E.ON: PAST THE WORST
• 2011 EBITDA of €9.3 billion, underlying net income of €2.5 billion
• Debt reduced by a further €2 billion
• Management to propose dividend of €1 per share for 2011 financial year
• 2012 forecast: EBITDA expected to increase to €9.6 to €10.2 billion, underly-ing net income to be between €2.3 and €2.7 billion
• 2013 forecast: EBITDA expected to be €11.6 to €12.3 billion, underlying net income €3.2 to €3.7 billion
• Successful expansion of growth businesses: renewables, upstream gas, Russia, and outside Europe
E.ON AG continued its consolidation course in a difficult business environment in 2011 and is past the worst. At the presentation of the company’s annual results, CEO Johannes Teyssen was cautiously optimistic about where E.ON stands. “We made good progress implementing our strategy. E.ON 2.0, our efficiency-enhancement program, is on course. We’re pleased by the significant earnings growth in renewables, power generation in Russia, and gas production. This demonstrates that we defined the right growth businesses. We also made progress establishing operations outside Europe. Our planned entry into Brazil’s power generation market will be a first important step, and we expect others to follow shortly. For 2012, we expect to post an earnings increase that will continue in subsequent years.”
E.ON’s 2011 results were in line with its expectations. Sales rose by 22 percent year on year to about €113 billion. The increase was due in particular to higher sales at the company’s Trading unit.
E.ON’s EBITDA of about €9.3 billion was 30 percent below the prior-year figure. The principal reasons for the decline were an €2.5 billion adverse effect relating the imme-diate shutdown of nuclear power stations in Germany and the nuclear-fuel tax, a roughly €1 billion earnings reduction from E.ON’s power generation business in Europe, and a roughly €0.7 earnings reduction in the gas wholesale business due to continued margin pressure. The earnings performance of E.ON’s growth businesses continued to be positive. The Renewables unit grew its EBITDA by 21 percent to around €1.5 billion, mainly be-cause of an increase in installed wind and solar capacity. Earnings in Russia improved by nearly 50 percent to about €0.6 billion, owing primarily to an increase in generating capacity and wider power margins. Upstream gas earnings rose to roughly €0.8 billion due to positive price and volume effects. In addition, E.ON’s ongoing efficiency-enhancement programs delivered lasting earnings effects totaling €0.4 billion.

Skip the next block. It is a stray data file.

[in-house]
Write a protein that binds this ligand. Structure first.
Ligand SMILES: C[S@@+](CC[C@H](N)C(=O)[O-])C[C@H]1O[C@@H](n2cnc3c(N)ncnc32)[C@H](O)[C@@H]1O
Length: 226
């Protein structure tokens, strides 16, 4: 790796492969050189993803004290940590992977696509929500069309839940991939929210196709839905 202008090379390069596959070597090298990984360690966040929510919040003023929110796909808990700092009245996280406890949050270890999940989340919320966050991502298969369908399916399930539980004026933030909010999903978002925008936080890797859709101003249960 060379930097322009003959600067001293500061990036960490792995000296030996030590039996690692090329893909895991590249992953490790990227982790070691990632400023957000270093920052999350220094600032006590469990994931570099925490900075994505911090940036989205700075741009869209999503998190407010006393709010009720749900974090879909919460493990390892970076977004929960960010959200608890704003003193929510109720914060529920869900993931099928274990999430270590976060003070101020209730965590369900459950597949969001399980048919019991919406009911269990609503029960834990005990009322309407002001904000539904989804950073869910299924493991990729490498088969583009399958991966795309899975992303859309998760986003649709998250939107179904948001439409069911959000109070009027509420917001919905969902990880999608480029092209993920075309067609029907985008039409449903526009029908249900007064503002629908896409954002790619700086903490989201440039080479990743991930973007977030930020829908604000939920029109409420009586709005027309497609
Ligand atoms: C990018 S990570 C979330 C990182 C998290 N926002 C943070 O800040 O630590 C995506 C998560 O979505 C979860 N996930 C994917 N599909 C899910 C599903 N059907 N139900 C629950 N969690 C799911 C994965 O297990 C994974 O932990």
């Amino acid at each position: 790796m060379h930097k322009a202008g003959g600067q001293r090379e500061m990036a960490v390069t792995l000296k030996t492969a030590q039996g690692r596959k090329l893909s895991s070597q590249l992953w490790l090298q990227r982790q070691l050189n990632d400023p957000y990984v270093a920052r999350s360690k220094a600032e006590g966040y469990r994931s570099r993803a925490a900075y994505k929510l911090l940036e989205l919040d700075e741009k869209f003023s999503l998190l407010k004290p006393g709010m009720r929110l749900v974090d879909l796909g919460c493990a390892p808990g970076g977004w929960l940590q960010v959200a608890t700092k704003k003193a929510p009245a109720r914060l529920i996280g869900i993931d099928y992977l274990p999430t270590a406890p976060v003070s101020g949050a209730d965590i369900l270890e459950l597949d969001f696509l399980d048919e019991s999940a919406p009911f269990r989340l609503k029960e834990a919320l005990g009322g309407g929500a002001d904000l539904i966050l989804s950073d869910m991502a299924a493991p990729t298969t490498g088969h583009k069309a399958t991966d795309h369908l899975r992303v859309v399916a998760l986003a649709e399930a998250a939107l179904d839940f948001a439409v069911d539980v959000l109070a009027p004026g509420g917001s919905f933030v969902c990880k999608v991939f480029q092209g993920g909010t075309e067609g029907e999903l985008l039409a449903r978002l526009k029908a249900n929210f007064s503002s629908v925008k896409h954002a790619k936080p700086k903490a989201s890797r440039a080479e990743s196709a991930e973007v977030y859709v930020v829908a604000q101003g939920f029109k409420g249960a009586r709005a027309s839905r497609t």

Teyssen emphasized that E.ON generates a significant portion of its earnings in very stable businesses. The overall share of regulated as well as quasi-regulated and long-term contracted business amounted to about 50 percent of EBITDA in 2011. “These stable earnings streams give us a strong foundation for running our business soundly even in difficult times, for successfully meeting current and future challenges, and for tapping new, profitable growth business,” Teyssen said. For example, E.ON plans to invest €7 billion in renewables over the next five years, of which just over €2 billion will go towards new offshore wind farms in Germany, the United Kingdom, and Sweden.
E.ON’s underlying net income declined by nearly 50 percent year on year to about €2.5 billion, mainly because of the decline in EBITDA. Amortization was at the prior-year level, and economic interest expense improved due to the reduction in net debt.
E.ON’s investments in property, plant, and equipment, intangible assets, and share-holdings amounted to roughly €6.5 billion in 2011, about €1.8 billion less than in the prior year.
At €6.6 billion, E.ON’s cash provided by operating activities of continuing operations was considerably below the prior-year figure of €10.6 billion. The main reasons for the decline were cash-effective items in conjunction with the decrease in EBITDA, a non-recurring adverse effect relating to the refunding of pension assets, and overall negative working-capital effects.
The E.ON Group’s economic net debt stood at €36.4 billion at year-end 2011, €1.3 billion less than at year-end 2010. Its net financial position improved by more than €2 billion.
E.ON anticipates that its 2012 EBITDA will be between €9.6 billion and €10.2 billion and that underlying net income will be between €2.3 and €2.7 billion. This implies a conservative assumption for the gas supply and sales business. It continues to plan to pay a dividend of €1.10 per share for the 2012 financial year.
For 2013, E.ON continues to expect EBITDA of €11.6 to €12.3 billion and underlying net income of €3.2 to €3.7 billion. It continues to plan to pay a dividend of at least €1.10 per share for the 2013 financial year.
Note:Effective year-end 2011, E.ON adjusted the designations for a number of its financial figures. What it formerly called “adjusted EBITDA” and “adjusted EBIT” are “EBITDA” and “EBIT”; “adjusted net income” is now “underlying net income.” In all cases, only the designation was changed, not the definition.
This press release may contain forward-looking statements based on current assumptions and forecasts made by E.ON Group management and other information currently available to E.ON. Various known and unknown risks, uncertainties and other factors could lead to material differences between the actual future results, financial situation, development or performance of the company and the estimates given here. E.ON AG does not intend, and does not assume any liability whatsoever, to update these forward-looking statements or to conform them to future events or developments.